Shed,ding Light on Lumens and Lux: Decoding the Mysteries of Photography and Video Lighting

Unraveling the Jargon: Lumens, Lux, and Luminance Explained

Understanding the way light behaves is crucial for every photographer or videographer out there. If you’ve ever had to deal with words such as ‘lumens’, ‘lux’ and ‘luminous flux’, you probably know what I’m talking about. Lighting is an unavoidable topic when it comes to taking good photographs. Let’s take a closer look at some of the terms commonly used in this field, that are often overlooked.

The Lumens Lowdown

Suppose you were driving on a journey, and you wanted to monitor the distance travelled, in kilometres. Lumens are the ‘kilometres’ of lighting – the basic measure of visible light produced by a light source. This is the figure we can use, when considering different light sources for different applications, and using this data alone will strongly guide us towards better lighting, and to getting a better shot. It doesn’t matter whether it’s the Godox SL-60W or your go-to studio light: how much light you’re getting from your light source is an absolute essential.

Lux: The Light Measurement Maestro

While lumens determines simply the total amount of visible light produced, lux rounds off that understanding with another dimension: how that light is distributed over an area. Videographers and photographers who shoot in comfort with a light that does not burn the subject to a crisp, while also avoiding a shadowy haze, will appreciate lux, rescued from the toils of the mechanics at work. At 1 meter, for example, the Aputure Amaran P60X can create 5,070 lux, ensuring those shots are expertly lit, and images have depth and drama.

Tackling the Inverse Square Law and Other Mathematical Mysteries

The search for ideal illumination doesn’t end with knowledge of lumens and lux, for now the shadowy star of the light-and-darkness plot comes into its own. The inverse square law, the equation that links the distance from your light source to the amount of light you need to shine in order to keep your reading level at a certain level, is now an actor on the stage. For every doubling of the distance from your light source, four times the amount of light (by the inverse square) will be necessary to shine in order to keep your reading level the same. Thus light and distance intertwine in a fascinating relationship. Add in the focusing ‘beam angle’ of the light, and you begin to see yourself as a magus of light and shadow who can rewrite the script of the visual narrative to make the ordinary appear dramatic.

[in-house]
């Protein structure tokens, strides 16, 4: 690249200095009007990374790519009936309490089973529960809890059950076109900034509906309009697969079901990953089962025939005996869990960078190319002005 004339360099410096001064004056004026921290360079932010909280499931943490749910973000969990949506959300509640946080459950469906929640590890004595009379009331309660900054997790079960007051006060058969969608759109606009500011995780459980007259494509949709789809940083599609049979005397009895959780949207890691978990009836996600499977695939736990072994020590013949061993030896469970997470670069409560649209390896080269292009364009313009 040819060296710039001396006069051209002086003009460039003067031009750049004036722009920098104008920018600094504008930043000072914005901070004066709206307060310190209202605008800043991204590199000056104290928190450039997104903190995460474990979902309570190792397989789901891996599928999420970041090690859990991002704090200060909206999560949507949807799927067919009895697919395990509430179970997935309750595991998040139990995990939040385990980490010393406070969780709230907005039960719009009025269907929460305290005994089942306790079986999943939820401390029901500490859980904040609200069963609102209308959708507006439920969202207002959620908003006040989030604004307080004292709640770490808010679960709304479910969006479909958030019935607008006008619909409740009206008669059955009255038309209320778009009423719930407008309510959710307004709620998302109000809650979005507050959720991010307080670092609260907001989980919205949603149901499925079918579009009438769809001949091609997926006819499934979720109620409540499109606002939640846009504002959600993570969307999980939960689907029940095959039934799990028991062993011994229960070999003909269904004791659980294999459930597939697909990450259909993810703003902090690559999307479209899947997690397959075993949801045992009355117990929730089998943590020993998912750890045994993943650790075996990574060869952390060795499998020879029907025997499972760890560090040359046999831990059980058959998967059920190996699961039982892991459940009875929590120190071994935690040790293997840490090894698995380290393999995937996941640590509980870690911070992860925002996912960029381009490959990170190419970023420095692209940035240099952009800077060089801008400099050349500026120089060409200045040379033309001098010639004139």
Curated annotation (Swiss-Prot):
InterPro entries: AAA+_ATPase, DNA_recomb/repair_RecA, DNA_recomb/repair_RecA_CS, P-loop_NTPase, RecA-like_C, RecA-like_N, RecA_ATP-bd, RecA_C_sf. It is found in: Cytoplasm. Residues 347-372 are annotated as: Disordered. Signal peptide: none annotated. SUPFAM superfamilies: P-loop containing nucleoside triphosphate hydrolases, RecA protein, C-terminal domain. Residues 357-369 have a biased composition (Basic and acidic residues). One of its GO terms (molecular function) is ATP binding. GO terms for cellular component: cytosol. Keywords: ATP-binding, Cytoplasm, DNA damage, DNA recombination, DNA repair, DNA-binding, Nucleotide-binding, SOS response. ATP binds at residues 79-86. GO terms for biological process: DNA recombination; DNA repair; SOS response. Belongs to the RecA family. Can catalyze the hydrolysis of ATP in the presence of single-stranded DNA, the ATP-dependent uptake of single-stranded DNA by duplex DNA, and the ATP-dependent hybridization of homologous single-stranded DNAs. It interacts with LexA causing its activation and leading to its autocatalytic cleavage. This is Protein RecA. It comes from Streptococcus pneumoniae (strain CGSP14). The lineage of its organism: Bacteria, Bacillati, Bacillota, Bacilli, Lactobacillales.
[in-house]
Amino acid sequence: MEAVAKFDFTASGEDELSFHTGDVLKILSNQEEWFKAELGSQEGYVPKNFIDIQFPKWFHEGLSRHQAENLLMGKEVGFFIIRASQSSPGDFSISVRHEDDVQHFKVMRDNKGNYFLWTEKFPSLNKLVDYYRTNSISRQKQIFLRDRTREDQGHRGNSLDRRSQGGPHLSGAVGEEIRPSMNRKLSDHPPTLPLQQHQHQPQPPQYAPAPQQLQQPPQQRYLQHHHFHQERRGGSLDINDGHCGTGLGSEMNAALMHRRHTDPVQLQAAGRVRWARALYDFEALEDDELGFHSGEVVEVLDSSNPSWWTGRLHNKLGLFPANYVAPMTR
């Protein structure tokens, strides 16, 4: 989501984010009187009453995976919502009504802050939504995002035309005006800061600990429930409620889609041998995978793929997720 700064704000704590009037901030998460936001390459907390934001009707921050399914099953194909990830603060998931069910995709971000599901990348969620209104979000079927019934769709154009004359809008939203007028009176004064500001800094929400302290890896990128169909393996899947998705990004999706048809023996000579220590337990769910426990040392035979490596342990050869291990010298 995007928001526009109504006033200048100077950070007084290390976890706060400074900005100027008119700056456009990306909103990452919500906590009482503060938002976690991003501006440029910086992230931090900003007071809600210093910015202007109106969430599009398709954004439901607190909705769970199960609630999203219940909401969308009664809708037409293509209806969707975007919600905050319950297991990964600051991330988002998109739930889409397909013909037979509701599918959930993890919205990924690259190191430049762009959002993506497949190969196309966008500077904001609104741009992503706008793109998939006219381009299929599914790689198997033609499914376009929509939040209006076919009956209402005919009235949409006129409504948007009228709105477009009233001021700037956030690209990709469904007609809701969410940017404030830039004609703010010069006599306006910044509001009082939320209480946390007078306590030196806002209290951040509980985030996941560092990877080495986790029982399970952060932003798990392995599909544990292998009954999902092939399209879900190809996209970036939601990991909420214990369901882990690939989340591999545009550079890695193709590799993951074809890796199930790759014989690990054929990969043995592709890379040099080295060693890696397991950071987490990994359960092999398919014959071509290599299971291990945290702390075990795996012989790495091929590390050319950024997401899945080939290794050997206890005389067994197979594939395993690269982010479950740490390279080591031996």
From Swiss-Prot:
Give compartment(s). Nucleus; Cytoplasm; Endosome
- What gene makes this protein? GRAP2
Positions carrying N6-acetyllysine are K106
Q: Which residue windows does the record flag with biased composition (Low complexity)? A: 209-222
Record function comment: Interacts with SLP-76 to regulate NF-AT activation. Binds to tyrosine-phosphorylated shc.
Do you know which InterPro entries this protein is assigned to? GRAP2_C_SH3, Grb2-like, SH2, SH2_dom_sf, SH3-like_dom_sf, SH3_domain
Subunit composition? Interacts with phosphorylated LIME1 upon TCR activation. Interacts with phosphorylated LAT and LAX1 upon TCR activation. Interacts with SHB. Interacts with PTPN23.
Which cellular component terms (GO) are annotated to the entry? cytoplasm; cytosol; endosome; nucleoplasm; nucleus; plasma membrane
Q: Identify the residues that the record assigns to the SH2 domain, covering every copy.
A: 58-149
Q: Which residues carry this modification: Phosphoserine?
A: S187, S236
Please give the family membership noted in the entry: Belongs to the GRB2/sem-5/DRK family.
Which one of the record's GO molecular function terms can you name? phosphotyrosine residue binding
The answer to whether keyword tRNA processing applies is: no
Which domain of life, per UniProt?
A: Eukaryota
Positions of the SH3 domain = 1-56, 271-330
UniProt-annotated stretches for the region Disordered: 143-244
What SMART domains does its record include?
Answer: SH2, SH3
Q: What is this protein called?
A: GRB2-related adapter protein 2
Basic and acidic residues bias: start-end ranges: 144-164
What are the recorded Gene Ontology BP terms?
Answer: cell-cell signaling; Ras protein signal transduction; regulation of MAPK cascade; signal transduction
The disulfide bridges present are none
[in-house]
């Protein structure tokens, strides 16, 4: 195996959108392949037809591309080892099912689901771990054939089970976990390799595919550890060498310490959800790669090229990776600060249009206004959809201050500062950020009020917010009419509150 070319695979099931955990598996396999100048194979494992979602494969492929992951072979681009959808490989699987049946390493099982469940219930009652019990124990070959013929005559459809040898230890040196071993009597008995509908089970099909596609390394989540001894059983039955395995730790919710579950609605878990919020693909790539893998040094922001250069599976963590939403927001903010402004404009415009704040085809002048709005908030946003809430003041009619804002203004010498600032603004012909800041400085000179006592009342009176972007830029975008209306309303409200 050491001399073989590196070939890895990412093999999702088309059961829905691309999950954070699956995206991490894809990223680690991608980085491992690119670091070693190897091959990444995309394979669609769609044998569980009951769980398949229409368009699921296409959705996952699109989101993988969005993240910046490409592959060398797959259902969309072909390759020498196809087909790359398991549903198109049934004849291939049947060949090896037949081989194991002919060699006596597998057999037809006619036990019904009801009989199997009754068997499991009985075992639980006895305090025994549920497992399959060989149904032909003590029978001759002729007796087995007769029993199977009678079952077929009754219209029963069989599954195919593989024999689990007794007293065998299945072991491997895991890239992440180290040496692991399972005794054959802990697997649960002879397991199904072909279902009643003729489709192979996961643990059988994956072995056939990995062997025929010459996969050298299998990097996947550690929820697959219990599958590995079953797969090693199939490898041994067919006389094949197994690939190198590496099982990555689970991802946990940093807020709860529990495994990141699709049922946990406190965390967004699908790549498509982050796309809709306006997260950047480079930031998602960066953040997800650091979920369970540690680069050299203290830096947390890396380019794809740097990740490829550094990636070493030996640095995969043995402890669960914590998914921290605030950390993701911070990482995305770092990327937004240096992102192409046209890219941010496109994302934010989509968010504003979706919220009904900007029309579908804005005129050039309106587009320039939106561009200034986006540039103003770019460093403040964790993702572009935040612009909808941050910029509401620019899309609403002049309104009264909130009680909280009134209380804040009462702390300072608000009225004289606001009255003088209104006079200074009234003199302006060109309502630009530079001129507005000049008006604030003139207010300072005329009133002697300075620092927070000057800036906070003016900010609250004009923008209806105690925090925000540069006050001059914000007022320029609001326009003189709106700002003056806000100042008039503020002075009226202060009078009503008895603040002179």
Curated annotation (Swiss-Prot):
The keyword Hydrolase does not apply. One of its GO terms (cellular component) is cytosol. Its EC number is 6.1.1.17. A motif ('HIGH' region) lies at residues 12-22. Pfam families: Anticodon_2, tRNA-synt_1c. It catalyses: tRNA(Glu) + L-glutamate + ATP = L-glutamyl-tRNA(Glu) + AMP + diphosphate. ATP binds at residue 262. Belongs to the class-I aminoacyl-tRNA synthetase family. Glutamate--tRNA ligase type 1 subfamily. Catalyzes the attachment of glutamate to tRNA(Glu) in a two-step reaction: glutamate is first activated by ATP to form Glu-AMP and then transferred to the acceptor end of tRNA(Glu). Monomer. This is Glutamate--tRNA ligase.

The BEAM Angle: Shaping Your Story

The beam angle acts as a brush, focusing a limited amount of light where it is most needed; a wide beam washes a wide scene in light; a narrower beam highlights the subject, whose emotions and features are picked out in detail. Reflector dishes and barn doors can place and shape the light to heighten the drama, creating a feast for the eye.

Beyond Brightness: The Art of Light Manipulation

It’s a world of lumens and lux, of shaped beam angles and scenery-illuminated sculpts. Playing with all the trimmings of light, not just the brightest torch, is the difference between being able, say, to recognise the face of friend or foe in the dark, and being able to separate friend from foe with light. Mastering all three – lumens, lux and the extremely efficient beam angles – opens up the full possibilities of photography and video.

Reflecting on Lumens and Lux

We encountered lumens and lux, beam angles, colour fidelity and colour temperatures; the basic vocabulary of illumination, allowing recorded scenes to be artfully sculpted with focus, feeling and dimension. Shedding the mystique of lighting reduces photography and video to techniques, which is where the fun begins, because once you know how light behaves you start to see everything differently. You start to understand the possibilities. You start to realise how everything can be made to glow.

Understanding BEAM in Photography and Video Lighting

The choice of word ‘beam’ comes up regularly when talking about photography and video lighting, especially in the context of beam angles or how that beam affects a scene. The beam angle can be particularly important, especially with respect to how light is projected from a source – whether it is spread soft and wide or focused at a point. Once an artist feels fully in control to shape and manipulate that beam, a light source can be more than just a luminary point in space, but a focal and versatile tool used to help curate the mood, atmosphere and visual impact of a scene. When we start to explore the different possibilities of light, controlling that beam is a core aspect of the craft.

Jun 14, 2024
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